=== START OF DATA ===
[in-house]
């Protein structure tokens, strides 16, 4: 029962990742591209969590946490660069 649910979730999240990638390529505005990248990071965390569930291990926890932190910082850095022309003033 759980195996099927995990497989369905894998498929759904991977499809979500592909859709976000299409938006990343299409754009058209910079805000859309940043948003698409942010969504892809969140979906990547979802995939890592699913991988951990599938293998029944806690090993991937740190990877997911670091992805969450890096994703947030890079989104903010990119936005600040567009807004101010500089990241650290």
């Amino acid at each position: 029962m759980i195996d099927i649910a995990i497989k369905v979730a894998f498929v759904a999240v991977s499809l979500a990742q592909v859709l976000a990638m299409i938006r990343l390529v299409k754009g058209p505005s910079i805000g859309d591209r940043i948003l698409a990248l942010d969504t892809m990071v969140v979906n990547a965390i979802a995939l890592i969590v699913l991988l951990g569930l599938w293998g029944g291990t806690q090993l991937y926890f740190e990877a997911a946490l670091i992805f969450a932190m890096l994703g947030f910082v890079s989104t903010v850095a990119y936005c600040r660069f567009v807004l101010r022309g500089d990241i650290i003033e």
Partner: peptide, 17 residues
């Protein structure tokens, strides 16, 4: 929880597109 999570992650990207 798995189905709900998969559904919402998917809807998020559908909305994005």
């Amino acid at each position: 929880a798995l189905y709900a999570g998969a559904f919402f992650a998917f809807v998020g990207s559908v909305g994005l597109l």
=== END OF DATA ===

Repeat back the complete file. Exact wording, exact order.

[in-house]
């Protein structure tokens, strides 16, 4: 029962990742591209969590946490660069 649910979730999240990638390529505005990248990071965390569930291990926890932190910082850095022309003033 759980195996099927995990497989369905894998498929759904991977499809979500592909859709976000299409938006990343299409754009058209910079805000859309940043948003698409942010969504892809969140979906990547979802995939890592699913991988951990599938293998029944806690090993991937740190990877997911670091992805969450890096994703947030890079989104903010990119936005600040567009807004101010500089990241650290």
């Amino acid at each position: 029962m759980i195996d099927i649910a995990i497989k369905v979730a894998f498929v759904a999240v991977s499809l979500a990742q592909v859709l976000a990638m299409i938006r990343l390529v299409k754009g058209p505005s910079i805000g859309d591209r940043i948003l698409a990248l942010d969504t892809m990071v969140v979906n990547a965390i979802a995939l890592i969590v699913l991988l951990g569930l599938w293998g029944g291990t806690q090993l991937y926890f740190e990877a997911a946490l670091i992805f969450a932190m890096l994703g947030f910082v890079s989104t903010v850095a990119y936005c600040r660069f567009v807004l101010r022309g500089d990241i650290i003033e």
Partner: peptide, 17 residues
């Protein structure tokens, strides 16, 4: 929880597109 999570992650990207 798995189905709900998969559904919402998917809807998020559908909305994005």
């Amino acid at each position: 929880a798995l189905y709900a999570g998969a559904f919402f992650a998917f809807v998020g990207s559908v909305g994005l597109l």